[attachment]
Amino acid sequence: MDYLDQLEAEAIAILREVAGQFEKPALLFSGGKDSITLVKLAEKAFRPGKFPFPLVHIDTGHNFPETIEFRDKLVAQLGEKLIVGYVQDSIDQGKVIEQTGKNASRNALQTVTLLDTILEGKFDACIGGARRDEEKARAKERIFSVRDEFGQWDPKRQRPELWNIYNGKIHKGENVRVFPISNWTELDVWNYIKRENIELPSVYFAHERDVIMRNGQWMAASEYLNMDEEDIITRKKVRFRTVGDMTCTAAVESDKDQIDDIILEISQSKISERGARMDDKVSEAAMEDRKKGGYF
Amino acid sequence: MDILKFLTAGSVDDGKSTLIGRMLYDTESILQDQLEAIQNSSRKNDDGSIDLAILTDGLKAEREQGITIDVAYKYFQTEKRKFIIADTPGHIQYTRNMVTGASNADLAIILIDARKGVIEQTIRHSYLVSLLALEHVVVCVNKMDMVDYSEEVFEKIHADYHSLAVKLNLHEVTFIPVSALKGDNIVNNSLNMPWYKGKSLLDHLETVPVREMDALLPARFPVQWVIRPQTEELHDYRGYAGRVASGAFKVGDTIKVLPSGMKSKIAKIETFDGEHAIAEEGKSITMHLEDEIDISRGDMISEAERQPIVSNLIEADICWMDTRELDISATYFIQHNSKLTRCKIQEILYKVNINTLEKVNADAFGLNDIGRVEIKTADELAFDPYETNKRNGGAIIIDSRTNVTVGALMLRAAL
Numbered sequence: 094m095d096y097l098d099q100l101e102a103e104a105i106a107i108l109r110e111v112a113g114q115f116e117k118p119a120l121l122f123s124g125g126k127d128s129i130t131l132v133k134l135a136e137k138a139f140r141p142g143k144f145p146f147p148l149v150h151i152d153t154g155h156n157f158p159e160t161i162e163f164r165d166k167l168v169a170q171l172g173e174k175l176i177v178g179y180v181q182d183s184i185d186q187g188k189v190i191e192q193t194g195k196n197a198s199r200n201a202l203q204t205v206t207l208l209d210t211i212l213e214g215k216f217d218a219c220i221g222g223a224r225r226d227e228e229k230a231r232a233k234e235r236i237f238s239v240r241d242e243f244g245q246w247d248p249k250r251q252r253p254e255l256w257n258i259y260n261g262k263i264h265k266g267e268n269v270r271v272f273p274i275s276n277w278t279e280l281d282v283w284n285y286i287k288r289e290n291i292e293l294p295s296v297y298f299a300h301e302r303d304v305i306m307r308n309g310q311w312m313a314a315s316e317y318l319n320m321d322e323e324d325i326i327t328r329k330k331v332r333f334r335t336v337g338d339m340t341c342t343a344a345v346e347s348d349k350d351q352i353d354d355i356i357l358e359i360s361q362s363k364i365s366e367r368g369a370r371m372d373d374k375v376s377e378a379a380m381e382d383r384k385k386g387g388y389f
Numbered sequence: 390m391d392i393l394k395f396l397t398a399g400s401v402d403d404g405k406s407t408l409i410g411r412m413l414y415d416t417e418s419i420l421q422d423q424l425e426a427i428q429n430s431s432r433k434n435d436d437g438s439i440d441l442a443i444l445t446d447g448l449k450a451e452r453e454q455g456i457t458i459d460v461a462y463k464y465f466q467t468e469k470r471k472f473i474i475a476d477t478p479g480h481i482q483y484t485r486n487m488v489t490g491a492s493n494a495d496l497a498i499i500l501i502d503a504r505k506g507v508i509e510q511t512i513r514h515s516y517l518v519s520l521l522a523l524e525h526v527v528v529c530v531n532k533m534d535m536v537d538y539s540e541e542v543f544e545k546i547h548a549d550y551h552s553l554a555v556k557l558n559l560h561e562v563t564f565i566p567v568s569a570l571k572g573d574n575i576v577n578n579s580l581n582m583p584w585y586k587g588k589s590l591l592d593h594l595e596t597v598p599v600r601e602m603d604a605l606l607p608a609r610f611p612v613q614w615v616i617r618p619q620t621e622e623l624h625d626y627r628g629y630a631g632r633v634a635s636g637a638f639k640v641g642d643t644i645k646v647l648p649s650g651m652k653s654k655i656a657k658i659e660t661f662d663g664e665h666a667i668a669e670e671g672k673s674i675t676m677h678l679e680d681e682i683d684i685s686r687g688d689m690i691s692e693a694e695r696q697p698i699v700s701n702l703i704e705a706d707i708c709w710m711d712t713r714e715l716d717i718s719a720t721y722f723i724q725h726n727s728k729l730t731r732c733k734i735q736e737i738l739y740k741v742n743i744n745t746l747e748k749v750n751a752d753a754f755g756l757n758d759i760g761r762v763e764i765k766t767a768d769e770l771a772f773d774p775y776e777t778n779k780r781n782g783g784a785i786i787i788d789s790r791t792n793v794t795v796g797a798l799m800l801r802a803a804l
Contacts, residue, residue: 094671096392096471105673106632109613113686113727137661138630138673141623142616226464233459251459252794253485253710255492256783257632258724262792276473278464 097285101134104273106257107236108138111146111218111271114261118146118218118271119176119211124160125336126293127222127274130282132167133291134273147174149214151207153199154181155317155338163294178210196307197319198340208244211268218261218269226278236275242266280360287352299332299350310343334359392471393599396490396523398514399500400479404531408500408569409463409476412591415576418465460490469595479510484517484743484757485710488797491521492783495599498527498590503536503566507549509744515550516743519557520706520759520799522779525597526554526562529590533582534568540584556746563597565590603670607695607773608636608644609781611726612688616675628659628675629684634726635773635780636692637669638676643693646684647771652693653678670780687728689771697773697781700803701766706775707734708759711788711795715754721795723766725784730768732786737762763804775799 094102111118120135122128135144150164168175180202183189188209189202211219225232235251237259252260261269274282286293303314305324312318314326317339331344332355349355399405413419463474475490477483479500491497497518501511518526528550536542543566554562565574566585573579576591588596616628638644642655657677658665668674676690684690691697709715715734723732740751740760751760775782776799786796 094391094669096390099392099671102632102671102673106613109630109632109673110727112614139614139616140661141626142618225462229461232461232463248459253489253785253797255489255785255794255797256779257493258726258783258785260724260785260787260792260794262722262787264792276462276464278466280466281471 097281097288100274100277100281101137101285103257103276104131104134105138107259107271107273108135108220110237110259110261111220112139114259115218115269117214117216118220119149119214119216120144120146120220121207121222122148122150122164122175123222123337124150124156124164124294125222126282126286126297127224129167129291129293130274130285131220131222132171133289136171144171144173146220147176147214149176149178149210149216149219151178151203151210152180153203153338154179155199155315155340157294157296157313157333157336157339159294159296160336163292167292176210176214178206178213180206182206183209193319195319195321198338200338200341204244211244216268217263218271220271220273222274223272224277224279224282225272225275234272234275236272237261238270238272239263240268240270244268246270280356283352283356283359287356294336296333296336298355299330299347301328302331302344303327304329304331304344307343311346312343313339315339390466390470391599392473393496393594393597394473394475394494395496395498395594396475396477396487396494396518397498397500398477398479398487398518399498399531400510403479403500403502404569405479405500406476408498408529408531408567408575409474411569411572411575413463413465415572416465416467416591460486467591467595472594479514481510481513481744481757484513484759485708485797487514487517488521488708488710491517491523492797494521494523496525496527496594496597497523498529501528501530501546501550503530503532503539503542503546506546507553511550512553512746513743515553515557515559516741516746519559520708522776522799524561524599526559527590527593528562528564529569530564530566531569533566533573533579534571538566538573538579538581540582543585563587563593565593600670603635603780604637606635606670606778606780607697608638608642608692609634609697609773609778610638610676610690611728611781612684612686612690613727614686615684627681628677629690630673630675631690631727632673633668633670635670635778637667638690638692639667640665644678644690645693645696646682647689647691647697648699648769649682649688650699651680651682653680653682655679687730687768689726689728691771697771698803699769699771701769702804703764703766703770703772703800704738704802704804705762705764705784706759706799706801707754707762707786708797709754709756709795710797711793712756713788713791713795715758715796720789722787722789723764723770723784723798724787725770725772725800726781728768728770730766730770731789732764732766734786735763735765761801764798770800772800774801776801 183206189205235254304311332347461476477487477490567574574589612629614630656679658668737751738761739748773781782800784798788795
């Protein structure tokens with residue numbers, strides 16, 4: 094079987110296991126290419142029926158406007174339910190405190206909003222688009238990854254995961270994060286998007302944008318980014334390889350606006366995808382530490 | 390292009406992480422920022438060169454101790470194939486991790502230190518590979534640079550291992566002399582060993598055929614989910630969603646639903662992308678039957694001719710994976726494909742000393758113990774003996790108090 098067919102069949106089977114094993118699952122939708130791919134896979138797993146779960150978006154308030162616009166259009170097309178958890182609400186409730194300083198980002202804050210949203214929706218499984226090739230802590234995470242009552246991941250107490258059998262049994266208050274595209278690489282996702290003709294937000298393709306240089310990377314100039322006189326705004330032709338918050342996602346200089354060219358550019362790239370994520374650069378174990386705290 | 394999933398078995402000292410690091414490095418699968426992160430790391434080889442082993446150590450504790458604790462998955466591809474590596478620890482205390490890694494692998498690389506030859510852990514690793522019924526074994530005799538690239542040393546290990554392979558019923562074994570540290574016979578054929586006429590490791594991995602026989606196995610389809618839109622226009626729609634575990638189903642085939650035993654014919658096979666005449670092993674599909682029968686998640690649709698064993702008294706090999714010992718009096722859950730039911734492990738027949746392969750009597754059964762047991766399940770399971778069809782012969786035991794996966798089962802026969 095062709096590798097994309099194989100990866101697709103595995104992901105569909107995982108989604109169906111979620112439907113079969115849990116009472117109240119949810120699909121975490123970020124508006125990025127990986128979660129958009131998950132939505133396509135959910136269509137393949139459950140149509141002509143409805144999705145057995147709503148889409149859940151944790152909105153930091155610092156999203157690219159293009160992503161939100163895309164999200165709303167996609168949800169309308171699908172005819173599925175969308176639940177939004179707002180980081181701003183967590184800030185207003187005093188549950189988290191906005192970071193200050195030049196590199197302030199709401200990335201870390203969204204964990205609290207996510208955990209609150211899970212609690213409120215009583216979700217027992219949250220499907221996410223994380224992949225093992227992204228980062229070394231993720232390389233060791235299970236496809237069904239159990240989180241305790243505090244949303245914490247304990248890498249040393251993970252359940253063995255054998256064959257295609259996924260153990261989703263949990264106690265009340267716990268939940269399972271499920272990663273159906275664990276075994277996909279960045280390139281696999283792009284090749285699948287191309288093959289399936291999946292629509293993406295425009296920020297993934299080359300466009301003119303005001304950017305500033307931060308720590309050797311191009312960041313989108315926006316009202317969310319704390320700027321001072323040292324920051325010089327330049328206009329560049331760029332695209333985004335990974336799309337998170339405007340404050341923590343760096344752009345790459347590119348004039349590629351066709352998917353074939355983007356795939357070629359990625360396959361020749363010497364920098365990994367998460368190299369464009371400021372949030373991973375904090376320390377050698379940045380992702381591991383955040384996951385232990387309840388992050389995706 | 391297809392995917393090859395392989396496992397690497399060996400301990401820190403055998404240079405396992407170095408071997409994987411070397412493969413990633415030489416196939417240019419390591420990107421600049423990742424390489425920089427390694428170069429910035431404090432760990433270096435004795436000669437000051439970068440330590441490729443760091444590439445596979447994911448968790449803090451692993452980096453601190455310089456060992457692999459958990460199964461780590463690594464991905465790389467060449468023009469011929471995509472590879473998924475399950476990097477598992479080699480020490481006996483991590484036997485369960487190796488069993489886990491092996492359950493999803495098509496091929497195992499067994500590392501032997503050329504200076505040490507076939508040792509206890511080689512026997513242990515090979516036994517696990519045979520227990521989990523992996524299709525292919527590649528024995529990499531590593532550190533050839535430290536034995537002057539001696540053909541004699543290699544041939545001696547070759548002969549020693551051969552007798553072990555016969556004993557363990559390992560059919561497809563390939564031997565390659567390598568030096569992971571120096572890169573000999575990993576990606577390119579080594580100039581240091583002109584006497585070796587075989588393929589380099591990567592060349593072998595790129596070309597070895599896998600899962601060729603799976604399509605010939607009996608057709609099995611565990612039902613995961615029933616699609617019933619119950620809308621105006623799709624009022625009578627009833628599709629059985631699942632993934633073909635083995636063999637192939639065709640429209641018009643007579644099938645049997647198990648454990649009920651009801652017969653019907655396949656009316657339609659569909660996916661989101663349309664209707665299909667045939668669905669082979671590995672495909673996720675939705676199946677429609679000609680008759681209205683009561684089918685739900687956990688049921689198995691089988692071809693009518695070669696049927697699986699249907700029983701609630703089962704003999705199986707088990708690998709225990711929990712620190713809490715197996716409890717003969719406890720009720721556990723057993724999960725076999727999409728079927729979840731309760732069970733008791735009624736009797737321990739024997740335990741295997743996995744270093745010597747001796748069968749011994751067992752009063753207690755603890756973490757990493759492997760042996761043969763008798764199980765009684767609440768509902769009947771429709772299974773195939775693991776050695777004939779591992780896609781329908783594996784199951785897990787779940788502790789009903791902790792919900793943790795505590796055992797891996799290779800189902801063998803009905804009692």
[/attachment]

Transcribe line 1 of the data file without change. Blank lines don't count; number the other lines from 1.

Amino acid sequence: MDYLDQLEAEAIAILREVAGQFEKPALLFSGGKDSITLVKLAEKAFRPGKFPFPLVHIDTGHNFPETIEFRDKLVAQLGEKLIVGYVQDSIDQGKVIEQTGKNASRNALQTVTLLDTILEGKFDACIGGARRDEEKARAKERIFSVRDEFGQWDPKRQRPELWNIYNGKIHKGENVRVFPISNWTELDVWNYIKRENIELPSVYFAHERDVIMRNGQWMAASEYLNMDEEDIITRKKVRFRTVGDMTCTAAVESDKDQIDDIILEISQSKISERGARMDDKVSEAAMEDRKKGGYF